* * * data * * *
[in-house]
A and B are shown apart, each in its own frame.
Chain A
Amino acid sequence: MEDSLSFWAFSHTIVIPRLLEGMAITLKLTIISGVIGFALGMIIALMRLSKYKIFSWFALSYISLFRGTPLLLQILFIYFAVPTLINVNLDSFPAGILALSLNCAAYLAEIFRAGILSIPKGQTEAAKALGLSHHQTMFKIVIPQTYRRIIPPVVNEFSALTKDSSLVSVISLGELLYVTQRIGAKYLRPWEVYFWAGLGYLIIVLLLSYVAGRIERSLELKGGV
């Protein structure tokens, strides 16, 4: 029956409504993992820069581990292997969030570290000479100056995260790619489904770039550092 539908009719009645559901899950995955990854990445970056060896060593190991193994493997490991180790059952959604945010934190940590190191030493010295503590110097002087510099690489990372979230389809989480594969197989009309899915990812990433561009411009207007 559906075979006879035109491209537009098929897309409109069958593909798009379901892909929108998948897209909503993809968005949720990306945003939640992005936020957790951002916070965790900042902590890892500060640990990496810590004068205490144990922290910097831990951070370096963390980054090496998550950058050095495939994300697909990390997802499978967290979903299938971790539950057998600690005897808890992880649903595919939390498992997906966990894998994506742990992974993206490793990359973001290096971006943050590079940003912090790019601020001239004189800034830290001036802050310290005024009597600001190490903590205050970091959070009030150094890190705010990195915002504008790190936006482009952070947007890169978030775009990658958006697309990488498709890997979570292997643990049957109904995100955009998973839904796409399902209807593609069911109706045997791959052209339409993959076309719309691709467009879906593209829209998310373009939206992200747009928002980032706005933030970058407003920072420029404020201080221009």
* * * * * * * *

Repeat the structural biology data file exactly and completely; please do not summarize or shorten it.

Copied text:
[in-house]
A and B are shown apart, each in its own frame.
Chain A
Amino acid sequence: MEDSLSFWAFSHTIVIPRLLEGMAITLKLTIISGVIGFALGMIIALMRLSKYKIFSWFALSYISLFRGTPLLLQILFIYFAVPTLINVNLDSFPAGILALSLNCAAYLAEIFRAGILSIPKGQTEAAKALGLSHHQTMFKIVIPQTYRRIIPPVVNEFSALTKDSSLVSVISLGELLYVTQRIGAKYLRPWEVYFWAGLGYLIIVLLLSYVAGRIERSLELKGGV
């Protein structure tokens, strides 16, 4: 029956409504993992820069581990292997969030570290000479100056995260790619489904770039550092 539908009719009645559901899950995955990854990445970056060896060593190991193994493997490991180790059952959604945010934190940590190191030493010295503590110097002087510099690489990372979230389809989480594969197989009309899915990812990433561009411009207007 559906075979006879035109491209537009098929897309409109069958593909798009379901892909929108998948897209909503993809968005949720990306945003939640992005936020957790951002916070965790900042902590890892500060640990990496810590004068205490144990922290910097831990951070370096963390980054090496998550950058050095495939994300697909990390997802499978967290979903299938971790539950057998600690005897808890992880649903595919939390498992997906966990894998994506742990992974993206490793990359973001290096971006943050590079940003912090790019601020001239004189800034830290001036802050310290005024009597600001190490903590205050970091959070009030150094890190705010990195915002504008790190936006482009952070947007890169978030775009990658958006697309990488498709890997979570292997643990049957109904995100955009998973839904796409399902209807593609069911109706045997791959052209339409993959076309719309691709467009879906593209829209998310373009939206992200747009928002980032706005933030970058407003920072420029404020201080221009």